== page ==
(Reproduced with his permission)


Hi Dave,

I found your web page and it brought back many memories. I was an evacuee in Sulgrave in 1941, I stayed with a Mrs and Mr James who lived in a big courtyard encompassed by Stables and a large house that housed some titled people. The James family consisted of the parents and two daughters, Diana, and Mary and one son named David. Mary was married to a soldier named Charlie, the occupants of the large house were a lord Connor and a lord and lady Towers, there was also a child who we addressed as master Christopher. At Christmas time all the children would be entertained at a party in the main house. Mr James was Groom and Chauffeur to the titled people. Lord Connor was the officer in charge of the local Homeguard troop and used to hold parades in the Courtyard and on one occasion an aircraft flew over whilst drill was taking place and Lord Connor identified it as German and fired a shot at it but it disappeared into the clouds as children we thought that very exciting. There was a small schoolhouse the teacher was a Miss Cave who used a chair leg when punishment was required so we had a great incentive to behave. I have great memories of the hill at the back of the Church, in Winter we would have much fun tobogganing down it. From time to time I used to pump the organ during services, two boys would take turns because of aching arms The church was also the place that we were given Red Cross parcels on rare occasions.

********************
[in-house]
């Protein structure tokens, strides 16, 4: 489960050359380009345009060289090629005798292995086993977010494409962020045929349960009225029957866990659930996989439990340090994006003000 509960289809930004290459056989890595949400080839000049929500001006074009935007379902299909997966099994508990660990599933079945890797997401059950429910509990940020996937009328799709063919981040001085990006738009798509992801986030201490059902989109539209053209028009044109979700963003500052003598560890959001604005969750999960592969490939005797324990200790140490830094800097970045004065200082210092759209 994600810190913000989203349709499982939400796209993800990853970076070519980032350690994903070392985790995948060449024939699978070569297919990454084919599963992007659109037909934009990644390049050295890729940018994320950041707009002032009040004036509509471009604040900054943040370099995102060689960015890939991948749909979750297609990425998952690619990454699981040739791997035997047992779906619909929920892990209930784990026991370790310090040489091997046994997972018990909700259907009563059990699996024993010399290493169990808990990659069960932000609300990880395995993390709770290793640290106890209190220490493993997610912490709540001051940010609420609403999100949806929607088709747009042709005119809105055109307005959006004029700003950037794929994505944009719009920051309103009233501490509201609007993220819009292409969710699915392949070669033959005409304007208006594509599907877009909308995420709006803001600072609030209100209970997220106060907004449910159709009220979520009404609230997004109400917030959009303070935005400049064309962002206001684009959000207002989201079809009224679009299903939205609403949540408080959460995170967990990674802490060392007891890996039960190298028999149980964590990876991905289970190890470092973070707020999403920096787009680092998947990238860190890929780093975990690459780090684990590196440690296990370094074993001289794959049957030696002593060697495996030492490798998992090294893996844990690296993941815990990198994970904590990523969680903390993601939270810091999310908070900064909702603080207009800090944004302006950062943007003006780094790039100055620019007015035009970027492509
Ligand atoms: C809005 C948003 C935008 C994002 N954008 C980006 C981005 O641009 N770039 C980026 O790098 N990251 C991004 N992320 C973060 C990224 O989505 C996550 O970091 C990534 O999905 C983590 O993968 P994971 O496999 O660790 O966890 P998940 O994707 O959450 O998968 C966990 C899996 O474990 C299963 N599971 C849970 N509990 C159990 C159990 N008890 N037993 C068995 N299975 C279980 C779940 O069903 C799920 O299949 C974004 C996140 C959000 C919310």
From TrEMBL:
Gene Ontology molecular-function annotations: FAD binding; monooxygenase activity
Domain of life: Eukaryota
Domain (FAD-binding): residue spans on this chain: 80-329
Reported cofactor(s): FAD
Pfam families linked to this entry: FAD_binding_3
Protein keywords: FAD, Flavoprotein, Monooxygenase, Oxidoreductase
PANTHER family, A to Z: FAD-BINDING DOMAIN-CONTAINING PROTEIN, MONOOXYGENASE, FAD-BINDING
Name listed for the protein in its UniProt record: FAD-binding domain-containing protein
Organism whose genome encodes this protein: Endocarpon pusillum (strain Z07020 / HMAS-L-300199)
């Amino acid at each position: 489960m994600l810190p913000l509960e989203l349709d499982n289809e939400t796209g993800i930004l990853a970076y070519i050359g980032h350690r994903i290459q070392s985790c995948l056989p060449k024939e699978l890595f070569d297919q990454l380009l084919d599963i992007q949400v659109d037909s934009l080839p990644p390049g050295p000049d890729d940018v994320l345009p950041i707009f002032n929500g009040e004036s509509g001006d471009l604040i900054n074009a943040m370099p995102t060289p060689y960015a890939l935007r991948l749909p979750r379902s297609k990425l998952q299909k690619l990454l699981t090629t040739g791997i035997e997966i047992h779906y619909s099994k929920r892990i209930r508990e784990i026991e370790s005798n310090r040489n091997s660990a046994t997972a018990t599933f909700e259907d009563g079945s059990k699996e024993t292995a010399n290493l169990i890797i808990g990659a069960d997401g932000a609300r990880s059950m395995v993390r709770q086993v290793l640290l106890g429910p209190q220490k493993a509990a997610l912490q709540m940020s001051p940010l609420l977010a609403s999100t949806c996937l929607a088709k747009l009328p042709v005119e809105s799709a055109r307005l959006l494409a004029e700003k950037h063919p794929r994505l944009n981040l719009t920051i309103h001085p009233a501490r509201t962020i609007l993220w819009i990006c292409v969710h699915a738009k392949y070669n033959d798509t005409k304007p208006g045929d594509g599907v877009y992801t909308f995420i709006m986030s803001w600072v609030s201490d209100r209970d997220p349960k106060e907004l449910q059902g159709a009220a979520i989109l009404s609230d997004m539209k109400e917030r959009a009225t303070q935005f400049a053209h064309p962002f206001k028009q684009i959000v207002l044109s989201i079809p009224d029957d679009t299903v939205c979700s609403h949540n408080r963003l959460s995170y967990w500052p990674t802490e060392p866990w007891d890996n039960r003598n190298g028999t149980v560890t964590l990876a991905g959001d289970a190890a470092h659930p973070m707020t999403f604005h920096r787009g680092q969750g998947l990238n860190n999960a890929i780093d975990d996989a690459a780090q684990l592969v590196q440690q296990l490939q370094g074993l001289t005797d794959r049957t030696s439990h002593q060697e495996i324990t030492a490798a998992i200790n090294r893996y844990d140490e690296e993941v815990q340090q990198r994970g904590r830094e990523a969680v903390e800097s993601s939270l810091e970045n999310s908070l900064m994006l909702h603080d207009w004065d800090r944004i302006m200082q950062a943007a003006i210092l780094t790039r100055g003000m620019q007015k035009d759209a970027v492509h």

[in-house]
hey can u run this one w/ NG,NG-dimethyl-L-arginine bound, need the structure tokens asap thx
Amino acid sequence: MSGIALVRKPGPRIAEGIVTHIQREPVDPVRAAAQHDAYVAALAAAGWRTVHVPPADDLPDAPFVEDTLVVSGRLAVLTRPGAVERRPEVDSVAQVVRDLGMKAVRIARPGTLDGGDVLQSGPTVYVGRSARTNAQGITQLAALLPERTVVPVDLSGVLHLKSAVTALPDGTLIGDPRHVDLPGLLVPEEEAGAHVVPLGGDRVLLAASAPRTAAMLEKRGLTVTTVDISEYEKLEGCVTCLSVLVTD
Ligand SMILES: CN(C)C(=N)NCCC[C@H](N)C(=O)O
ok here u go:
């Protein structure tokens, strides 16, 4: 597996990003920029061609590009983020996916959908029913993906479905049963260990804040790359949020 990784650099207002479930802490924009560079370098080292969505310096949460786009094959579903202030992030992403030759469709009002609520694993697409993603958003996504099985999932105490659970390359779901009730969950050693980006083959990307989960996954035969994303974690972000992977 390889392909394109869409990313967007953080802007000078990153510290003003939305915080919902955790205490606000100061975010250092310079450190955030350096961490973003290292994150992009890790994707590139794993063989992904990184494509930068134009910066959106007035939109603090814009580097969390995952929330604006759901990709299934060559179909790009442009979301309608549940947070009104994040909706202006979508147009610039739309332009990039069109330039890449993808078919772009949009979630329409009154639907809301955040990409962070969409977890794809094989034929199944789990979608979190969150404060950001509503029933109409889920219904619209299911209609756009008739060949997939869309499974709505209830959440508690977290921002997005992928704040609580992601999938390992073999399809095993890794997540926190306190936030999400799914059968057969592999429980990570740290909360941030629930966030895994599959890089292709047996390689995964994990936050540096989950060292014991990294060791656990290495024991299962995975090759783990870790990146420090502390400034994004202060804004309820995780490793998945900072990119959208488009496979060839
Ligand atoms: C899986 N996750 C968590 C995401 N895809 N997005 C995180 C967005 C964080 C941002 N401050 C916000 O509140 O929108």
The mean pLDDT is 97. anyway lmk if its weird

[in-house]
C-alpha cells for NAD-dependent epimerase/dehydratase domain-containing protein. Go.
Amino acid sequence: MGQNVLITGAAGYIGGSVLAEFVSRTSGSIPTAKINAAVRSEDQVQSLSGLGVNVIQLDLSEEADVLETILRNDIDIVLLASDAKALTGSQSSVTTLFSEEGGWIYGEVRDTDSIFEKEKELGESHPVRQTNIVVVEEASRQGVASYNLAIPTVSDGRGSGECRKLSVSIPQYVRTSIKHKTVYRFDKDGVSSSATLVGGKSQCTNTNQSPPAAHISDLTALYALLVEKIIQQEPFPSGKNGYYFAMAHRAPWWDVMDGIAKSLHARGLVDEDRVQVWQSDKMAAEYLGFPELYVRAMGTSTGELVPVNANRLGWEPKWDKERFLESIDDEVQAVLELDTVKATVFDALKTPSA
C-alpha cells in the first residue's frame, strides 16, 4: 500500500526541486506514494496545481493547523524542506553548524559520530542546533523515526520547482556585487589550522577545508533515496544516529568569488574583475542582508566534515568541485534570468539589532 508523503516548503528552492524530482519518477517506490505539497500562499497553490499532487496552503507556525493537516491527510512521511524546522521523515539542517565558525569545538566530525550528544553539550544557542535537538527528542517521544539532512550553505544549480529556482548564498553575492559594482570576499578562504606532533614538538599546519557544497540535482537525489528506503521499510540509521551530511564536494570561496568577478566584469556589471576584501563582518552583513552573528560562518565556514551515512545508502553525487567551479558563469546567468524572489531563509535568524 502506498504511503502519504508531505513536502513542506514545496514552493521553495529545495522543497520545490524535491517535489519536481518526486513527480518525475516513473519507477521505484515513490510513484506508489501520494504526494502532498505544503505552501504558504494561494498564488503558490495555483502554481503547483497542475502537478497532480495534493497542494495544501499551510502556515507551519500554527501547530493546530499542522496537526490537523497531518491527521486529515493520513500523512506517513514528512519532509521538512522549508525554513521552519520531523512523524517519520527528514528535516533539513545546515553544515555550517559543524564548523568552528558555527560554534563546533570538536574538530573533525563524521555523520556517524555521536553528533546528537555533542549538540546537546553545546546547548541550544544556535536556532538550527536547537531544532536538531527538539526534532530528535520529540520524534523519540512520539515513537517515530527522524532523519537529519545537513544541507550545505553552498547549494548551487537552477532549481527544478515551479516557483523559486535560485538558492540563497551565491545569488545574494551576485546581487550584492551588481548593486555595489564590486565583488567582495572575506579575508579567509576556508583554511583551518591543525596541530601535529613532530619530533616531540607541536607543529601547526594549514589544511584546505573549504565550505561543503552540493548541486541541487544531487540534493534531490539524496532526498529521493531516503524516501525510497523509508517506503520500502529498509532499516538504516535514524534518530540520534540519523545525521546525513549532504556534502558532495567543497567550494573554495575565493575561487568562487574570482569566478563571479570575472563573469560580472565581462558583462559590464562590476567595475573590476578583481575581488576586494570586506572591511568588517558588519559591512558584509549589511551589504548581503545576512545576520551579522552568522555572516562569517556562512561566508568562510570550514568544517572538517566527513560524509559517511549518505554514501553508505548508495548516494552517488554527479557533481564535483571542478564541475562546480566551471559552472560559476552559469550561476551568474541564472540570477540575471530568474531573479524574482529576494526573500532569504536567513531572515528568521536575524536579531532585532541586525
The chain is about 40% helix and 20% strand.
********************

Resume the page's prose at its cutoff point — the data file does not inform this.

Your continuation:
Sulgrave was the place I learned about catching Rabbits to augments the rations we were allowed. There is one thing that intrigues me to this day, on one Church window cill there was a small opening with a locked top and my friends and I used to guess what could be in there. Thank you for your time taken reading my musings, as you no doubt realize I am seventy six now and fate has been kind to me I still play nine holes of golf and have fond memories of Sulgrave.

yours Sincerely

Bob Hooper